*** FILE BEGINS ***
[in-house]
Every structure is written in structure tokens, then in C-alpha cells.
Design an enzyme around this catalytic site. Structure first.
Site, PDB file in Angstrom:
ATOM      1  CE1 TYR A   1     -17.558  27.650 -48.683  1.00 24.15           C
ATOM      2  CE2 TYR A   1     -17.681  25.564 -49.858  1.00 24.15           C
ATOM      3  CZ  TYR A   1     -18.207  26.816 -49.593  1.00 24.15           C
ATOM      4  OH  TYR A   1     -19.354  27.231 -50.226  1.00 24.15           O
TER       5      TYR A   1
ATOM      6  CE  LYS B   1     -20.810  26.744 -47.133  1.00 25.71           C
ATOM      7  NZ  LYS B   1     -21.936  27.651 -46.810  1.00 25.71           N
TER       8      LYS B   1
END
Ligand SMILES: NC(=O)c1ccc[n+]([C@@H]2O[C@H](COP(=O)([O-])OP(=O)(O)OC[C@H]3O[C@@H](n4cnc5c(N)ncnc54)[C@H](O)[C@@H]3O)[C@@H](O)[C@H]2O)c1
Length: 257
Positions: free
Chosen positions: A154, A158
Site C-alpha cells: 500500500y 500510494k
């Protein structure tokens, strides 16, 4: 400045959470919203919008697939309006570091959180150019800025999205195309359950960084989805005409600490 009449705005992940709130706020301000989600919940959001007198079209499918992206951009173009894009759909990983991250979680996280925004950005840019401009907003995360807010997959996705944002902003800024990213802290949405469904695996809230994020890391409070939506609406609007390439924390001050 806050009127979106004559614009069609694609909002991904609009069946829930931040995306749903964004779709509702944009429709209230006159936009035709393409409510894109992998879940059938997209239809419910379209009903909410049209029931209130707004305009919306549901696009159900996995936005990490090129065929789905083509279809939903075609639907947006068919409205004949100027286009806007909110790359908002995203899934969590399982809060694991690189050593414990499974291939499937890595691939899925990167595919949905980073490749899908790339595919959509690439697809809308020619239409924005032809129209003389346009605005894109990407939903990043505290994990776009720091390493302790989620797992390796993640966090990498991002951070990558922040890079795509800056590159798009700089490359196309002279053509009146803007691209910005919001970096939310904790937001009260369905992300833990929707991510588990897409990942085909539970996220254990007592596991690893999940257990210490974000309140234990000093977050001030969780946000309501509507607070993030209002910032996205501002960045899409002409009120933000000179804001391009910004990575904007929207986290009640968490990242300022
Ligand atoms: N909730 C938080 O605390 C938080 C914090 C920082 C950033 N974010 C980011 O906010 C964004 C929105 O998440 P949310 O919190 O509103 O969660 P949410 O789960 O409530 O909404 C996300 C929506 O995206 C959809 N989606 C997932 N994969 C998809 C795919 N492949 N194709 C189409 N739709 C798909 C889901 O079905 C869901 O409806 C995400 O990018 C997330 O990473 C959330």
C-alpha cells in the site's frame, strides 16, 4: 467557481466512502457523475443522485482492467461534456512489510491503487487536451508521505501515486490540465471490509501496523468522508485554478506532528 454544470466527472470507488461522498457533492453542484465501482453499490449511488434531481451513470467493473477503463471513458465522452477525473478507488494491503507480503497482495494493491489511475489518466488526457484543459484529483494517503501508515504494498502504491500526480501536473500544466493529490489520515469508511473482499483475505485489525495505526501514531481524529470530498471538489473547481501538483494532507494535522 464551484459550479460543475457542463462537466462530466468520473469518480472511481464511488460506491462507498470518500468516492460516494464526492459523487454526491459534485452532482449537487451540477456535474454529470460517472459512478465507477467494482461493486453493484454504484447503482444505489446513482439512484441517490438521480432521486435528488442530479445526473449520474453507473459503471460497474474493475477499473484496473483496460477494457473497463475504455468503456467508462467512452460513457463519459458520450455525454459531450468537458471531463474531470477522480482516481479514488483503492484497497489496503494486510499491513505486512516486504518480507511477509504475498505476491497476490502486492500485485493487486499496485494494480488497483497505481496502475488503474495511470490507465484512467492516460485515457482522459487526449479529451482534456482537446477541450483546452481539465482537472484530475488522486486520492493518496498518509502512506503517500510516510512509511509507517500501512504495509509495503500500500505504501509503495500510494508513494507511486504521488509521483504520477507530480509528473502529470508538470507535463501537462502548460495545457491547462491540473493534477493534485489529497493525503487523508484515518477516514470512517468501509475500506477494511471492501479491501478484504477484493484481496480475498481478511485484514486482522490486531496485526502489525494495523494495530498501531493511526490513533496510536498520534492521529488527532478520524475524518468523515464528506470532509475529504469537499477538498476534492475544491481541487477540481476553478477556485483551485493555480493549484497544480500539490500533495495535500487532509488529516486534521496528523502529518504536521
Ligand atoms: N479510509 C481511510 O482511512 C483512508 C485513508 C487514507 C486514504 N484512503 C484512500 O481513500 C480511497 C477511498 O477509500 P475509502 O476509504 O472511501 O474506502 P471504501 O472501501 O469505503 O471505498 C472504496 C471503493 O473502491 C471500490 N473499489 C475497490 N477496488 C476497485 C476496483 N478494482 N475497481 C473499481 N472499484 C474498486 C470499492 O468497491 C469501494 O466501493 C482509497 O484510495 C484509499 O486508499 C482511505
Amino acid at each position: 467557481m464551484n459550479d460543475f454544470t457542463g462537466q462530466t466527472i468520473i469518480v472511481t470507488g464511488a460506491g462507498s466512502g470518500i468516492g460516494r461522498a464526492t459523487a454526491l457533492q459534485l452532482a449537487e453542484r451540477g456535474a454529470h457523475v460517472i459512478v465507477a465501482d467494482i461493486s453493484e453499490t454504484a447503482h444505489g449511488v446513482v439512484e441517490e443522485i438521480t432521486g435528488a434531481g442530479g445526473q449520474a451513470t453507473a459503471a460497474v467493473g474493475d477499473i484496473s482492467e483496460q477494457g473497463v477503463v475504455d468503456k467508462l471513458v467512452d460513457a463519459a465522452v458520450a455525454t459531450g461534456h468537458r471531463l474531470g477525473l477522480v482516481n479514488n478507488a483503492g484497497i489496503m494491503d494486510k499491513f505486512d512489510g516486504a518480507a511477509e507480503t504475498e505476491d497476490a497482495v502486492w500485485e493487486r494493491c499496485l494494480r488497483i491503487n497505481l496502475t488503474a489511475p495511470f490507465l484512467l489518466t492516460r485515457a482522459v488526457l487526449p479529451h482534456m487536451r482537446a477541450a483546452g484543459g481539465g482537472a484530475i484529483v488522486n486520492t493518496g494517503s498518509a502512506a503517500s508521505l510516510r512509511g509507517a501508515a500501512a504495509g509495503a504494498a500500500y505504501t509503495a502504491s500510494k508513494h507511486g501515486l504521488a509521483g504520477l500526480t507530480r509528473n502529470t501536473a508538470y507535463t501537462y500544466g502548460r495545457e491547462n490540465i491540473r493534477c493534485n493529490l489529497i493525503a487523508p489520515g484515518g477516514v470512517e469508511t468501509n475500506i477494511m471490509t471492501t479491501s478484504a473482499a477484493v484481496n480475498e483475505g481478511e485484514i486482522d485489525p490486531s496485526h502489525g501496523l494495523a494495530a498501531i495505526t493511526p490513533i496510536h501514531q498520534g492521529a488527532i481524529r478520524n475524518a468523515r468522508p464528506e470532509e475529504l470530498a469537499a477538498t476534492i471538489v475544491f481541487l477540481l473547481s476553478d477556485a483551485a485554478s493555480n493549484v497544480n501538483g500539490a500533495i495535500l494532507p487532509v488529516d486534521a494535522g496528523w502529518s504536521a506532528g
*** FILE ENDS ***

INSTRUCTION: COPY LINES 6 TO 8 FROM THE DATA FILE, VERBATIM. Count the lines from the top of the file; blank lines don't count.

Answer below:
ATOM      2  CE2 TYR A   1     -17.681  25.564 -49.858  1.00 24.15           C
ATOM      3  CZ  TYR A   1     -18.207  26.816 -49.593  1.00 24.15           C
ATOM      4  OH  TYR A   1     -19.354  27.231 -50.226  1.00 24.15           O